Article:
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Teamwork and Innovation: An Example from IDEO. Karl A. Smith Engineering Education – Purdue University Civil Engineering - University of Minnesota Pegadogies of Engagement – Cooperative Learning and Problem-Based Learning Pre-Conference Workshop RCEE 2007 Johor November 26, 2007.

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teamwork and innovation an example from ideo
Teamwork and Innovation:An Example from IDEO

Karl A. Smith

Engineering Education – Purdue University

Civil Engineering - University of Minnesota

Pegadogies of Engagement – Cooperative Learning and Problem-Based Learning

Pre-Conference Workshop

RCEE 2007 Johor

November 26, 2007

slide3

http://www.businessweek.com/magazine/content/06_17/b3981401.htmhttp://www.businessweek.com/magazine/content/06_17/b3981401.htm

3

the innovation journey vandeven polley garud venkataraman 1999
The Innovation JourneyVandeVen, Polley, Garud & Venkataraman, 1999.

The innovation journey is a nonlinear cycle of divergent and convergent activities that may repeat over time and at different organizational levels if resources are obtained to renew the cycle, p. 16.

5

ideo deep dive video

IDEO – Deep Dive Video

ABC News Nightline - 7/13/99Available FromABC News Storewww.abcnews.comKelley, Tom and Littman, Jonathan (2001) The art of innovation: Lessons in creativity from IDEO, America=s leading design firm. New York: Random House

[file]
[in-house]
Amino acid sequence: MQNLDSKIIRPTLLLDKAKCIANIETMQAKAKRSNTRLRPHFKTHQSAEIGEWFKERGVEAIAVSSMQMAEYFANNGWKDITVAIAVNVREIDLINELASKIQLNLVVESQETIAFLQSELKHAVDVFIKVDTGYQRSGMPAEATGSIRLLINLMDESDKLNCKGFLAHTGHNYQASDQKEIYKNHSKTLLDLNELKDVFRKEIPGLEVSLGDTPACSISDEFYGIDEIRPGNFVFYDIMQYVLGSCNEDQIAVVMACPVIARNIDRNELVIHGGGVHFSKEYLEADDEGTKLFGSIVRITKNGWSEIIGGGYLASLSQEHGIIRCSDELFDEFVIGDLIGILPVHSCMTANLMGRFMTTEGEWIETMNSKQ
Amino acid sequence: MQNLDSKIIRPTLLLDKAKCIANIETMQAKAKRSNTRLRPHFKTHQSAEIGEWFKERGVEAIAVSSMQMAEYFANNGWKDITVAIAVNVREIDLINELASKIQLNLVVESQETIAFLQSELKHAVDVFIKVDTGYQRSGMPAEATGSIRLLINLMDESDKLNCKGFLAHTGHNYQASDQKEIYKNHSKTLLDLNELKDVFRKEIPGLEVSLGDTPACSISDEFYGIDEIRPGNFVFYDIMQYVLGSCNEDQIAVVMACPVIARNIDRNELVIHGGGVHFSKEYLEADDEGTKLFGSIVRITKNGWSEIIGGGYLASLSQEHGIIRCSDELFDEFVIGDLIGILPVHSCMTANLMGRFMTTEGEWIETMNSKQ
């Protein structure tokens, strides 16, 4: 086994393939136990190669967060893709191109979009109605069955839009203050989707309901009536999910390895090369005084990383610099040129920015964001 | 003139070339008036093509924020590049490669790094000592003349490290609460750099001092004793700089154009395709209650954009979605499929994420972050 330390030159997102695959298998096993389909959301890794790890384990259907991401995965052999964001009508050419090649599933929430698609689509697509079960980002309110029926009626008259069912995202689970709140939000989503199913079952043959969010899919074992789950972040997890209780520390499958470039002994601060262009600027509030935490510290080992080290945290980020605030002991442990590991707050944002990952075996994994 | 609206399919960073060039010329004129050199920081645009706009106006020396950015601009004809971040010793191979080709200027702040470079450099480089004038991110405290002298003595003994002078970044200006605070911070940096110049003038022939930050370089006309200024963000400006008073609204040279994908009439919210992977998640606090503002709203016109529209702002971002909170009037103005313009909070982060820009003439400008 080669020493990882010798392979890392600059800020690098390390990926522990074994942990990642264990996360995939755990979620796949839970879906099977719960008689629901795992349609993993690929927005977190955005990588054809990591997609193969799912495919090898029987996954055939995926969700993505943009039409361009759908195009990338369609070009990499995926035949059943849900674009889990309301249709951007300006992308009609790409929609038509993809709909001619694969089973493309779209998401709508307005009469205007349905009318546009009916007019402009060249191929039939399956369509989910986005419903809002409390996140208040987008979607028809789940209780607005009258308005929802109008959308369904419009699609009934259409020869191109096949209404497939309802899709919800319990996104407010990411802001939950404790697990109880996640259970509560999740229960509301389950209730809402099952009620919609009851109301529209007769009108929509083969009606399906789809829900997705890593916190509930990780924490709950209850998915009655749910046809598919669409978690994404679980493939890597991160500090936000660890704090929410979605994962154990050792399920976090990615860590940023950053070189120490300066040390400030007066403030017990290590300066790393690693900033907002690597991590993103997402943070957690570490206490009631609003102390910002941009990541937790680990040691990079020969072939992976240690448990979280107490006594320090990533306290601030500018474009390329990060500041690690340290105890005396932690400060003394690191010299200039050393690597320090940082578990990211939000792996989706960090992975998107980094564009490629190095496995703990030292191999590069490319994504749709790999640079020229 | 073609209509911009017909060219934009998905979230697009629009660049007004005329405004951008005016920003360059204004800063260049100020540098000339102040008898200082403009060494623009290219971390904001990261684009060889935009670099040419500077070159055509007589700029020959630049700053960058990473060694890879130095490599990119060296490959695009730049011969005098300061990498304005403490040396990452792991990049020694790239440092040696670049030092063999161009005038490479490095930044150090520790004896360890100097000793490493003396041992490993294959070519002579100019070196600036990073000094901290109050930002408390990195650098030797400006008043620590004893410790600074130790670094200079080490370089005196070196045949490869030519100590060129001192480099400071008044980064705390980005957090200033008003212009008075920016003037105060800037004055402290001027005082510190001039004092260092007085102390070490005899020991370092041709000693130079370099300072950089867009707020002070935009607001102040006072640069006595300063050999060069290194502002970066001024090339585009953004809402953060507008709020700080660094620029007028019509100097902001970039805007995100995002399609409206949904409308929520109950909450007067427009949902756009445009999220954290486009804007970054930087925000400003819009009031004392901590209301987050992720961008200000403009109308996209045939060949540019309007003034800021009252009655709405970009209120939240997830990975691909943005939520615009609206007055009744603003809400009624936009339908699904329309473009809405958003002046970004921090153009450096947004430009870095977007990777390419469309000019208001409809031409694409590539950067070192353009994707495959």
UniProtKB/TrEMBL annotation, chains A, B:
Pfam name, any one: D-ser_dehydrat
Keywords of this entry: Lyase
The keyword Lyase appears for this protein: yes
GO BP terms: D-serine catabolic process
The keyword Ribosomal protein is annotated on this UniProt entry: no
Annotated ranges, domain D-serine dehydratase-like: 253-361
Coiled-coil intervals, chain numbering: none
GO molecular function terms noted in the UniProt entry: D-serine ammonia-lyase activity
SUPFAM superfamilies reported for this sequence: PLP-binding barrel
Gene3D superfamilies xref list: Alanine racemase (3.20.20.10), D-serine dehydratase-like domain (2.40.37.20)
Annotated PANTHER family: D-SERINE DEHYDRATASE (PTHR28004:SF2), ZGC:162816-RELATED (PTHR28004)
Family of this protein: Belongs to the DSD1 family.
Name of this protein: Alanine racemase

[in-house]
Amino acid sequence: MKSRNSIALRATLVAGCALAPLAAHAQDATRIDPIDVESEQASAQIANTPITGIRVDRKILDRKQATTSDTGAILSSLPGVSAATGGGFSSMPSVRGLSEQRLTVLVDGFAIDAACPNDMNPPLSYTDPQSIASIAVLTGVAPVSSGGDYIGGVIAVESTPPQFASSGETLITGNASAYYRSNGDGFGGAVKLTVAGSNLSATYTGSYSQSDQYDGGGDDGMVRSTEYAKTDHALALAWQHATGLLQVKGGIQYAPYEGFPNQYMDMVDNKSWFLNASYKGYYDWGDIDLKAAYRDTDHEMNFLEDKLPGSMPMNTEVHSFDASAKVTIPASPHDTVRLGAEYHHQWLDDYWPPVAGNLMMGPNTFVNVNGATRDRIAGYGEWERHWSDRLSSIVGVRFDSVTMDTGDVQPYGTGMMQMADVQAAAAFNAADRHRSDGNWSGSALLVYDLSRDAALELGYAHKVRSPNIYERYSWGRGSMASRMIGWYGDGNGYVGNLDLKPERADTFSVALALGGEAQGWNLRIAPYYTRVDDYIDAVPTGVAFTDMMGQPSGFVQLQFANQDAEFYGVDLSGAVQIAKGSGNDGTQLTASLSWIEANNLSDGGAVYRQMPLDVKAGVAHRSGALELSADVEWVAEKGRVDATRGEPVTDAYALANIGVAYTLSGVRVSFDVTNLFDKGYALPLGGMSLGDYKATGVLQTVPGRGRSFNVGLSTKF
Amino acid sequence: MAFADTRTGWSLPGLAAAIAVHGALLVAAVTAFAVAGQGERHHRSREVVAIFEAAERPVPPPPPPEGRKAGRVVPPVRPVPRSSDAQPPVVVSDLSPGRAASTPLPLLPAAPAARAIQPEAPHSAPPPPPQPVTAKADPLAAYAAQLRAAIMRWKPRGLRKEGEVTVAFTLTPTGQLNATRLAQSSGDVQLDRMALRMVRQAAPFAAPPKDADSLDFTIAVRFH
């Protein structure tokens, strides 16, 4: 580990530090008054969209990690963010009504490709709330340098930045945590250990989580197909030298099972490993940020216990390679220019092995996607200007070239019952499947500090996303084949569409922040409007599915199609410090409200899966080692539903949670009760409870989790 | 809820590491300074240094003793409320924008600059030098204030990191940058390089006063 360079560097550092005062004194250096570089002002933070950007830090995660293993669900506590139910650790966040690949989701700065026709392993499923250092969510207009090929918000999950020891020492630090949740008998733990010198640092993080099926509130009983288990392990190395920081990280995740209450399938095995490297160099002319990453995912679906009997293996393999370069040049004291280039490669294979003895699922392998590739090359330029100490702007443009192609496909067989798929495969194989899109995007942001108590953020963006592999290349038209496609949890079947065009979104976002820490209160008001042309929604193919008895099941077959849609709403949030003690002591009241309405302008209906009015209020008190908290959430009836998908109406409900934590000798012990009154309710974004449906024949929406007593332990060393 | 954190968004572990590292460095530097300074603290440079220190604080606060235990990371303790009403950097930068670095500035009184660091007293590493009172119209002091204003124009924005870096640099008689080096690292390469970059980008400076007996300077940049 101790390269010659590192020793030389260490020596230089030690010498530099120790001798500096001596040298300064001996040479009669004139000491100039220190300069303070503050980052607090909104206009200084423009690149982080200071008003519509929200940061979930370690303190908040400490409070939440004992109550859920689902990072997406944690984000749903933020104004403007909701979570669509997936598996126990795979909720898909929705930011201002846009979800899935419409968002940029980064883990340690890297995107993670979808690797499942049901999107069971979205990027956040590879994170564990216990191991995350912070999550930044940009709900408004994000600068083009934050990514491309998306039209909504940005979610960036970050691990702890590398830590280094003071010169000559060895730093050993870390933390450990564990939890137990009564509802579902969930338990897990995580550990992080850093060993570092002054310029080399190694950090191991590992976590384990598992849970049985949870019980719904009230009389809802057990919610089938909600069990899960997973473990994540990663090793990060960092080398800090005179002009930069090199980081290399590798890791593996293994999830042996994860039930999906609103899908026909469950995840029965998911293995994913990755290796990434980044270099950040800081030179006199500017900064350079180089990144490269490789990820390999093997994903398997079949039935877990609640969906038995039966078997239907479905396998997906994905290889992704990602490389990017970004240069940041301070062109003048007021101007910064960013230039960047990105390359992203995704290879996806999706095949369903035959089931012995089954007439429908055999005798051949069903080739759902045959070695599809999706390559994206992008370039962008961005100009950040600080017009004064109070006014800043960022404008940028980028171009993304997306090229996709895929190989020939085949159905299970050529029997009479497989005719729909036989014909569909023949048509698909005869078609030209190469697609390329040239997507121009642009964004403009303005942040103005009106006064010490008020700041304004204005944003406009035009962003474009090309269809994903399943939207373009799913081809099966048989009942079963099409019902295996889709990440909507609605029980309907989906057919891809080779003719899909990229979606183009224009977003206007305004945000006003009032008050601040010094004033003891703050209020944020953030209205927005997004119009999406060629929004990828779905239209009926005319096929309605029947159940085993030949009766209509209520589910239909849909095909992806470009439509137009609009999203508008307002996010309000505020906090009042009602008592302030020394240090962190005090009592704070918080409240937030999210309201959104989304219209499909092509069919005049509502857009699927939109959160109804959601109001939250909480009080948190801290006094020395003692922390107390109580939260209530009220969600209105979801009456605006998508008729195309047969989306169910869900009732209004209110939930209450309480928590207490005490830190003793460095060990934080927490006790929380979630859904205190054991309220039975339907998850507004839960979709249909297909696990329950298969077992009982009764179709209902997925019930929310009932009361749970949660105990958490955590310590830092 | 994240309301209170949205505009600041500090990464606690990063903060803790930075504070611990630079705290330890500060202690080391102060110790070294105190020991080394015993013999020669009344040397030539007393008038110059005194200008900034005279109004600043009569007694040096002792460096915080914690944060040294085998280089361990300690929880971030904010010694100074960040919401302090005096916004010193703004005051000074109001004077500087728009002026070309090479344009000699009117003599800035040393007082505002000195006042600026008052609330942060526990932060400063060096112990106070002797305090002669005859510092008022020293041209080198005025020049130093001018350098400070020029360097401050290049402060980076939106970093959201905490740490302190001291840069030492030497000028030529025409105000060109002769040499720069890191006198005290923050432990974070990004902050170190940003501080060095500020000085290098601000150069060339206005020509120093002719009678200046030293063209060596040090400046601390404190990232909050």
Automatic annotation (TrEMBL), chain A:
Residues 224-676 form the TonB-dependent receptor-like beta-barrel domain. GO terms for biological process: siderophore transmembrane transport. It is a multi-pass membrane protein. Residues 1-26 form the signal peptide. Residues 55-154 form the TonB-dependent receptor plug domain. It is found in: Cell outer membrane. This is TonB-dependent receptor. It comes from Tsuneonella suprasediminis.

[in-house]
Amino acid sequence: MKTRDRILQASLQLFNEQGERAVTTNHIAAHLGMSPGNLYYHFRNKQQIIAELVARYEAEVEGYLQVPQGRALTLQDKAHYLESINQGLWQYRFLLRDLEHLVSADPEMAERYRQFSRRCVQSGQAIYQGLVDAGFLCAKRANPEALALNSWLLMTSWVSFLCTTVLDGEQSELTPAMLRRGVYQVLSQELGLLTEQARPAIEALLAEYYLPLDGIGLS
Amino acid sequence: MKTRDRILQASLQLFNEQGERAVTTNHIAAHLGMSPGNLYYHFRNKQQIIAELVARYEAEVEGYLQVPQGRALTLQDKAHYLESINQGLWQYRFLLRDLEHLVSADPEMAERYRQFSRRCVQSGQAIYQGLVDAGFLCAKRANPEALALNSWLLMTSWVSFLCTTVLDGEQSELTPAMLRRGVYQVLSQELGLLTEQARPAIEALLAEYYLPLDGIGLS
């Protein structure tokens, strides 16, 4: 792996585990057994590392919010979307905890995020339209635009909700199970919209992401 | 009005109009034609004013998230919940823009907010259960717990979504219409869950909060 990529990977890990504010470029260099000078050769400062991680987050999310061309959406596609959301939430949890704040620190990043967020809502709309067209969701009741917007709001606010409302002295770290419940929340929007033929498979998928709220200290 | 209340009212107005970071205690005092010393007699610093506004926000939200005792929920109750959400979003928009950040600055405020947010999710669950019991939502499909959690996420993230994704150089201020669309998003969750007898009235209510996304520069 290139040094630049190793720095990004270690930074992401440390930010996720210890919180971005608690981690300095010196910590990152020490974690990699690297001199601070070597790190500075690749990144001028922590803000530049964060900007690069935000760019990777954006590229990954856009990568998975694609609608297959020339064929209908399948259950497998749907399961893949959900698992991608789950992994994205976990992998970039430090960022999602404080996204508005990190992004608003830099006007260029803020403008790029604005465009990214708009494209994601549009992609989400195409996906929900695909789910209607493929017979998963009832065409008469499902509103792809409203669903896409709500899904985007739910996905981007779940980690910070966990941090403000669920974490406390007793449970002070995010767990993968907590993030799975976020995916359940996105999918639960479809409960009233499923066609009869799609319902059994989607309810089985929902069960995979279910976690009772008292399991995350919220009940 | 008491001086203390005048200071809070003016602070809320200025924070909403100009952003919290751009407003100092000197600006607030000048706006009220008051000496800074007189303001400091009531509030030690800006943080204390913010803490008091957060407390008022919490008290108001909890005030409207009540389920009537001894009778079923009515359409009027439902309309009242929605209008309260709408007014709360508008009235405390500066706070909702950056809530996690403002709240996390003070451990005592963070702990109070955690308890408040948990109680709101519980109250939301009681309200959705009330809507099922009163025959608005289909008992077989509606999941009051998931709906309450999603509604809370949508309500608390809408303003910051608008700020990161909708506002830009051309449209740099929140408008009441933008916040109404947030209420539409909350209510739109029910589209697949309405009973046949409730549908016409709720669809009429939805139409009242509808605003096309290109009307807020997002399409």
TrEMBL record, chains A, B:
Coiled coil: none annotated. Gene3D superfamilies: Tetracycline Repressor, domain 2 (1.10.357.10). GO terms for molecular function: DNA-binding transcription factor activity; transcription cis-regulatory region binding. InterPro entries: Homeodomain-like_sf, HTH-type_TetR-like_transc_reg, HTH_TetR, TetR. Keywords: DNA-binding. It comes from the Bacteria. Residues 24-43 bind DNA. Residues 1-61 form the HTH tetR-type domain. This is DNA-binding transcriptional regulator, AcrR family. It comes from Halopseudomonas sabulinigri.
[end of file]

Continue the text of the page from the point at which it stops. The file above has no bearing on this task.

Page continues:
ideo the deep dive
IDEO – “The Deep Dive”
  • IDEO has been identified as America’s Leading Design Firm.
  • IDEO’s special ingredients:
    • Teams
    • Culture
    • Methodology
ideo the deep dive1
IDEO – “The Deep Dive”
  • Viewing Perspectives:
    • Teams
    • Culture
    • Methodology
    • Videographer
components of ideo process
Components of IDEO process
  • Creation of “Hot Teams”
  • Brainstorming
  • Rapid Prototyping
  • Observing & Listening from Customers
  • Thinking of products in terms of verbs, rather than nouns
ideo s teams
IDEO’s Teams
  • Named “Hot Teams.”
  • Multidisciplinary.
  • Group leader is assigned based on their abilities to work with groups.
slide12

Seven Secrets for Better Brainstorming

1. Sharpen the focus

2. Playful rules

3. Number your ideas

4. Build and jump

5. The space remembers

6. Stretch your mental muscles

7. Get physical

playful rules
Playful Rules
  • One conversation at a time
  • Stay focused on the task
  • Encourage wild ideas
  • Go for quantity
  • Be visual
  • Defer judgment
  • Build on the ideas of others
ideo s culture
IDEO’s Culture
  • Employees design their own working areas.
  • Employees have interest and skills to work with a wide range of people.
  • No hierarchies.
build your greenhouse
Building Neighborhoods

Think Project, ThinkPersonal

Building Blocks

Inspiration from Adversity

Prototype Your space

Create a Team Icon

Watch Your Body Language

Simple Team Space

Hierarchy is the Enemy of Team Space

Give Your Workers a View

Tell Stories

Make Your Junk Sing

Build Your Greenhouse
build your greenhouse1
Build Your Greenhouse
  • Building Neighborhoods
    • Areas of Congregation
      • Lounge / Common Area
    • Mainstreet
      • Forced Interaction
    • Need for Privacy
      • Quiet Areas
      • Individuality
five steps to ideo s innovation
Five steps to IDEO’s innovation
  • Understand the market/client/technology/ constraints